FOUR oyster farmers on the Central Coast are changing the face of the Australian pearl industry by successfully cultivating in the waters of Broken Bay.
The Australian cultured pearl industry is predominantly located in Western Australia (centred on Broome), and the Northern Territory, but the men behind Broken Bay Pearls have now put the Central Coast on the industry map.
Oyster farmers Ian Crisp, Roger Clarke, Peter Clift and Denis Paterson are harvesting their fourth crop in Brisbane Water this week and are expected to collect between 10,000 and 20,000 pearls over about seven days.
The pearls retail in jewellery stores for anywhere between $300 to $1500, for a pair of gold and pearl earrings, to $8000 for a quality strand.
While still a relatively small producer, Broken Bay Pearls is the only company cultivating pearls in NSW and Mr Crisp believes this is due to the pristine environment in Broken Bay.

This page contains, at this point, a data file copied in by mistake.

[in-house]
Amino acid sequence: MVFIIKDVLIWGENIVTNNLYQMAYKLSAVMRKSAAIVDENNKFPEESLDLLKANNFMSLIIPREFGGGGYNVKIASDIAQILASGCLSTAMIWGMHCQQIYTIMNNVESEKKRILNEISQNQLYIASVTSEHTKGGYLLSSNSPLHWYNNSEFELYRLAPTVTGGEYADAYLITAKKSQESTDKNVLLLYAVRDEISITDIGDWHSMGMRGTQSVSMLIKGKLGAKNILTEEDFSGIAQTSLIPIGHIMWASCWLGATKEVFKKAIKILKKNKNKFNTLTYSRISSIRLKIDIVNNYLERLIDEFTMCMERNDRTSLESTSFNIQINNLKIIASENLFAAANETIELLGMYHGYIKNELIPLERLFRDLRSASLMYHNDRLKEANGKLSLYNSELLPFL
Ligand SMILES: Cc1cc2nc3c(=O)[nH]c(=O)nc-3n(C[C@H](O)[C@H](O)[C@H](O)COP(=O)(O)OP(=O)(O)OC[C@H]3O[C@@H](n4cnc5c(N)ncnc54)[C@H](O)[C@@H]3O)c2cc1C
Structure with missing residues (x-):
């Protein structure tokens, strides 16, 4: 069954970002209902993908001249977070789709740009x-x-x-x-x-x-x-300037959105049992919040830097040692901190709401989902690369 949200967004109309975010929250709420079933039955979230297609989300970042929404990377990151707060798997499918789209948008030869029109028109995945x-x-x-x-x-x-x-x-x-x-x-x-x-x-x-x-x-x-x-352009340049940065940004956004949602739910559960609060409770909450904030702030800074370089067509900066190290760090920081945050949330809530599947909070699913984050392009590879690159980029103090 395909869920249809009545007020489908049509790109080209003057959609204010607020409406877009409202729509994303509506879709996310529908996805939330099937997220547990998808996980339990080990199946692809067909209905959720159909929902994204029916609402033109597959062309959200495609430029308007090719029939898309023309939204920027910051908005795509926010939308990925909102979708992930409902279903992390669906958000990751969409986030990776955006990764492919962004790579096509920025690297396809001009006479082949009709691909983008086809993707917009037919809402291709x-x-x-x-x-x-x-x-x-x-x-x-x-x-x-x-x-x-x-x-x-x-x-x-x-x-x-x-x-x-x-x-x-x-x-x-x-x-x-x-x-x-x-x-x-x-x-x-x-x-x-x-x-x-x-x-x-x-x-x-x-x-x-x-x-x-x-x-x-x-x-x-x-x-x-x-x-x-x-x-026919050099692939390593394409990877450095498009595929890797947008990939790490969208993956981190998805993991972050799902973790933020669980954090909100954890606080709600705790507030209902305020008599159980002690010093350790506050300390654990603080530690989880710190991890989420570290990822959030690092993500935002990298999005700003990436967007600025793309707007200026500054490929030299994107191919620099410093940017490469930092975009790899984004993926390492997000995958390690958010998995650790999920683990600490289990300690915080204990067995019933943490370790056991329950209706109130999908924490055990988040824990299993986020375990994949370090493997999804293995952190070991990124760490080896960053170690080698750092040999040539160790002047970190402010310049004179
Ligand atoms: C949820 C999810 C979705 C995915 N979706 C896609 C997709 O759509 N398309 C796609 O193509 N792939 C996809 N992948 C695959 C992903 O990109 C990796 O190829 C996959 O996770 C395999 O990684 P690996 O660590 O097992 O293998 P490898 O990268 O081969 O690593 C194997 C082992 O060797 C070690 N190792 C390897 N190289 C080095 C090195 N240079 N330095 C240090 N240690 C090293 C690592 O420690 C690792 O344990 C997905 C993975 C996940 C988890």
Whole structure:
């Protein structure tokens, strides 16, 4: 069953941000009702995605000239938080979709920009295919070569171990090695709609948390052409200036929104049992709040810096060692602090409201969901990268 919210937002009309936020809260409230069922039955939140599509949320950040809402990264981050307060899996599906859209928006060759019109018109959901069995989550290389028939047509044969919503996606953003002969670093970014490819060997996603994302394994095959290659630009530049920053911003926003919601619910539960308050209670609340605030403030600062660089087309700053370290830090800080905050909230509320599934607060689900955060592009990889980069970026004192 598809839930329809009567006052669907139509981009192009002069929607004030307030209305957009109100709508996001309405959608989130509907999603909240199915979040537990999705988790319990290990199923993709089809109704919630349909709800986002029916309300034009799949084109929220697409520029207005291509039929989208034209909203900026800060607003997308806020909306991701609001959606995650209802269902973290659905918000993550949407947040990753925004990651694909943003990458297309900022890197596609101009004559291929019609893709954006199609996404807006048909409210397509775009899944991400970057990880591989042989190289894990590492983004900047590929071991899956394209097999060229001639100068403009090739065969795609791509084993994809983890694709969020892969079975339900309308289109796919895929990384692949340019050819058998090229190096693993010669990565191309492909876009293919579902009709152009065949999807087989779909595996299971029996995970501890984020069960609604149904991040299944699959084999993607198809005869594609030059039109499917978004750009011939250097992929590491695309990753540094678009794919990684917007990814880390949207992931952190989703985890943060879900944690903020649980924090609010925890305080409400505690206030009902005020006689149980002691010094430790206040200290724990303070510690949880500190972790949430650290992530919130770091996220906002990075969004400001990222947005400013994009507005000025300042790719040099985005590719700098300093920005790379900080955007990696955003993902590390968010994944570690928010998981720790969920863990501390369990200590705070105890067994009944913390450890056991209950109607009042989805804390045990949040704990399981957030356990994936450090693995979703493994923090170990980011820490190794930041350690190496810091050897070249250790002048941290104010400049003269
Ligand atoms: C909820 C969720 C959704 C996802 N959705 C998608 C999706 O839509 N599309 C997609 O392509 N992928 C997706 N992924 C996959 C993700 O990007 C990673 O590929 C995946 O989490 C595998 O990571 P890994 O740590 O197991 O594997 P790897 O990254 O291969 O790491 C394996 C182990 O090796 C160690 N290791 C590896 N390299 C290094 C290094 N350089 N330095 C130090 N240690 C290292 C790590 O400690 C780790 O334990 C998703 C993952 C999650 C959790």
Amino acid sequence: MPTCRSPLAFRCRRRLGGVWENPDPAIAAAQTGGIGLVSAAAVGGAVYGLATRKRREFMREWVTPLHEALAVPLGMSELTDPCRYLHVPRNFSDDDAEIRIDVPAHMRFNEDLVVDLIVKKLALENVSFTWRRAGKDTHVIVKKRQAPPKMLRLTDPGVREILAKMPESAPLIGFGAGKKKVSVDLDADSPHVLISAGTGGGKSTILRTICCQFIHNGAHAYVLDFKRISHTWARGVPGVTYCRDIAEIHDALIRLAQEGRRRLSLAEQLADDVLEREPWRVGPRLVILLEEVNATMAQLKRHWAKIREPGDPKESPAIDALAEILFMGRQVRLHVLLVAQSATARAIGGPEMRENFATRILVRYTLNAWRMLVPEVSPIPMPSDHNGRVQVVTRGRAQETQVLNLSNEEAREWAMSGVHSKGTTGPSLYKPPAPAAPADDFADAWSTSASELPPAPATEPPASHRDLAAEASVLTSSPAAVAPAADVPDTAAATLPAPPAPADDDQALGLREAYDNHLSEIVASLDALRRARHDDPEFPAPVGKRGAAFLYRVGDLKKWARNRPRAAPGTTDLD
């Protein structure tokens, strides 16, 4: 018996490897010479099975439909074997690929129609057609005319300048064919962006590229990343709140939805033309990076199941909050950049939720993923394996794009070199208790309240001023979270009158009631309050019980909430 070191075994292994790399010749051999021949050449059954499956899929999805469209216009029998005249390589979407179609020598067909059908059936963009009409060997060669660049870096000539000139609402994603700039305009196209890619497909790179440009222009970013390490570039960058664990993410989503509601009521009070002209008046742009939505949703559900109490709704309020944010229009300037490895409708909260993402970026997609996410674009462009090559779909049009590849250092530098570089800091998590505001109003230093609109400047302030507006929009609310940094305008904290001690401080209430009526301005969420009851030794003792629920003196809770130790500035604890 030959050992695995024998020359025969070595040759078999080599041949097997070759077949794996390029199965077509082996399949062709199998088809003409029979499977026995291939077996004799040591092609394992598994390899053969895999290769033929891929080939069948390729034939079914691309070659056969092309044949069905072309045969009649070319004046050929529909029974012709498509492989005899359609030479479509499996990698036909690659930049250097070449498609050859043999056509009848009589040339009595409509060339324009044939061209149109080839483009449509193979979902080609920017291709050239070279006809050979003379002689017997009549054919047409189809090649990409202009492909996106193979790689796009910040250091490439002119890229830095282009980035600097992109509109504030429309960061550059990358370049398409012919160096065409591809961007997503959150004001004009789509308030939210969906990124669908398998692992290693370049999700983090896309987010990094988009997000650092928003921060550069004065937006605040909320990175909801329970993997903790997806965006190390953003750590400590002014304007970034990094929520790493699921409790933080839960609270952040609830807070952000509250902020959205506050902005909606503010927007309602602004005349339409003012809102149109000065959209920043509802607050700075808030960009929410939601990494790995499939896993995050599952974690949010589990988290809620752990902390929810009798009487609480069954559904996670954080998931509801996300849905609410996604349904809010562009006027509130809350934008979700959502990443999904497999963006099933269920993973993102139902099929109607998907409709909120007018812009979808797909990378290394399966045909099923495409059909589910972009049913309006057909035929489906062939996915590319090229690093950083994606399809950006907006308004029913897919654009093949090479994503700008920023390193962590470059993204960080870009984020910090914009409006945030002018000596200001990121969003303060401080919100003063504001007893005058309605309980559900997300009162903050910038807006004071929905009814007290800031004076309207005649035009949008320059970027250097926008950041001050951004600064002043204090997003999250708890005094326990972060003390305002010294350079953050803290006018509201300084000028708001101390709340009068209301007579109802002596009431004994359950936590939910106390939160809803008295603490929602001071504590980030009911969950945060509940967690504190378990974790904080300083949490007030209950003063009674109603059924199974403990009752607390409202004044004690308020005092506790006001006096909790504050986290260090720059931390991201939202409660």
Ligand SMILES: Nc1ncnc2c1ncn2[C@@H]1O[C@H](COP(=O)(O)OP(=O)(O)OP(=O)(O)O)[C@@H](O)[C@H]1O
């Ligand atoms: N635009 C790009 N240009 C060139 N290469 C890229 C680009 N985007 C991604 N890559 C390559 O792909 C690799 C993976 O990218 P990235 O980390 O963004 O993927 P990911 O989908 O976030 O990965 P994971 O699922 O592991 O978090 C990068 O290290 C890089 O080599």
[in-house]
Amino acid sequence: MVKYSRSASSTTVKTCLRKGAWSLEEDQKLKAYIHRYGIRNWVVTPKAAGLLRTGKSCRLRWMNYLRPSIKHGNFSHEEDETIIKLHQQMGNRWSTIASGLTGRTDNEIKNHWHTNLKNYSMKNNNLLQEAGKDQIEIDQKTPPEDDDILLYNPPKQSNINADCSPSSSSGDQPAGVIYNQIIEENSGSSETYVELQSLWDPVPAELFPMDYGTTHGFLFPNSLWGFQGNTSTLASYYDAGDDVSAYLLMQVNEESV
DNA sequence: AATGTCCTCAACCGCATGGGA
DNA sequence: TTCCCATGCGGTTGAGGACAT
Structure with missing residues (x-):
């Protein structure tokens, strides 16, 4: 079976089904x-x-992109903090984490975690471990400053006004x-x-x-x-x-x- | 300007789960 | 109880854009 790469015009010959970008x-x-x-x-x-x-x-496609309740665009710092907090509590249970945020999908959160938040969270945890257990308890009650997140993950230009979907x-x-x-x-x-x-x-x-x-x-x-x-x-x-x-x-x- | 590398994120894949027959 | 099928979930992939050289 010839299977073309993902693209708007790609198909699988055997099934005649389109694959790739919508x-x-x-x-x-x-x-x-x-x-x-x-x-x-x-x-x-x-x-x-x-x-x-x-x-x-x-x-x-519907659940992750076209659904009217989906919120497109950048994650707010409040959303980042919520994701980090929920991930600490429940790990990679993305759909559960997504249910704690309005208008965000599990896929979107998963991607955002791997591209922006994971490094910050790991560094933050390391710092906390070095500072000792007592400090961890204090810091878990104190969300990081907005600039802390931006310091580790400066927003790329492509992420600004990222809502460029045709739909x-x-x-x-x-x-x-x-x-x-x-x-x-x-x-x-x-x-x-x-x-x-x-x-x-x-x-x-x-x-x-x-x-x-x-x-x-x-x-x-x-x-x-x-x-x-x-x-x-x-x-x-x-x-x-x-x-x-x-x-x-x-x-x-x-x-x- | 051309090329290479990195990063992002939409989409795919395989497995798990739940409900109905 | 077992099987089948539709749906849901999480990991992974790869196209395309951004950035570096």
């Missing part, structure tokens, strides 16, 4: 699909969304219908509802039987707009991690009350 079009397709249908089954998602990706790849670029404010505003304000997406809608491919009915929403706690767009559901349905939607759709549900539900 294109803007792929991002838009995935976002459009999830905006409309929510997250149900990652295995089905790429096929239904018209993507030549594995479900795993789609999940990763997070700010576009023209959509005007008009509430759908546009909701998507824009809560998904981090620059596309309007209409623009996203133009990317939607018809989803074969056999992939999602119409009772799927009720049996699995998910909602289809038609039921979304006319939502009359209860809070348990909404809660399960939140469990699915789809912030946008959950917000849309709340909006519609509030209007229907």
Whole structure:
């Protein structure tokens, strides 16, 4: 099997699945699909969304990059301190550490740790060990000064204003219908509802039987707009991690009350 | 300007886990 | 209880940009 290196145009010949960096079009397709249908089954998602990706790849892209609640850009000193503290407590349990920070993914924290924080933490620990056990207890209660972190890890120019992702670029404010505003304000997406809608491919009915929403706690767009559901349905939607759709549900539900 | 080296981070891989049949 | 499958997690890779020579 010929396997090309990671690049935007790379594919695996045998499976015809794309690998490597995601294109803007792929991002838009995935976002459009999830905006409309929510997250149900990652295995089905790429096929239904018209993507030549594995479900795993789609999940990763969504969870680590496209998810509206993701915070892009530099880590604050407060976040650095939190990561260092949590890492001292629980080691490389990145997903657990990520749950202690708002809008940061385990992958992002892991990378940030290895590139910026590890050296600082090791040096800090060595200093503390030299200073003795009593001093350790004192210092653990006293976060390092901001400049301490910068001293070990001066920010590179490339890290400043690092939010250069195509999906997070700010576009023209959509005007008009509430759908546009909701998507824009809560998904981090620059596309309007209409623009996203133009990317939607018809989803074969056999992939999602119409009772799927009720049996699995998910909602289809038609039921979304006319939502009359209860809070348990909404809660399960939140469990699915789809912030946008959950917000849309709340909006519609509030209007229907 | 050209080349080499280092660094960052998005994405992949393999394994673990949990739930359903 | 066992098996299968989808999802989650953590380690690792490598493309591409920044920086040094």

“Site selection and a good environment is critical to pearl production. You need high water quality and a catchment not affected too much by fresh water to succeed,” he said.
The farmers, who began their pearl operation in 2005, are now producing world-class Akoya pearls with natural colours and superior lustre to that of many imported Akoya pearls from Asia, which have been bleached or artificially coloured.
Mr Crisp is finding his company’s niche is in the middle market of the pearl industry with large South Sea Pearls occupying the top end and the imported freshwater pearls the bottom end.
Broken Bay Pearls has secured leading Australian jewellers Percy Marks as its national wholesaler and sell in jewellery stores in most capital cities with the vision to eventually expand overseas.
However as a luxury item, pearls and the companies that produce them have suffered more in recent years due to the global financial crisis.
The Broken Bay Pearls take about four years to produce. The oyster spat is obtained from the Fisheries Research Station in Port Stephens. At two years seeding takes place and then it takes a further two years for the pearl to grow.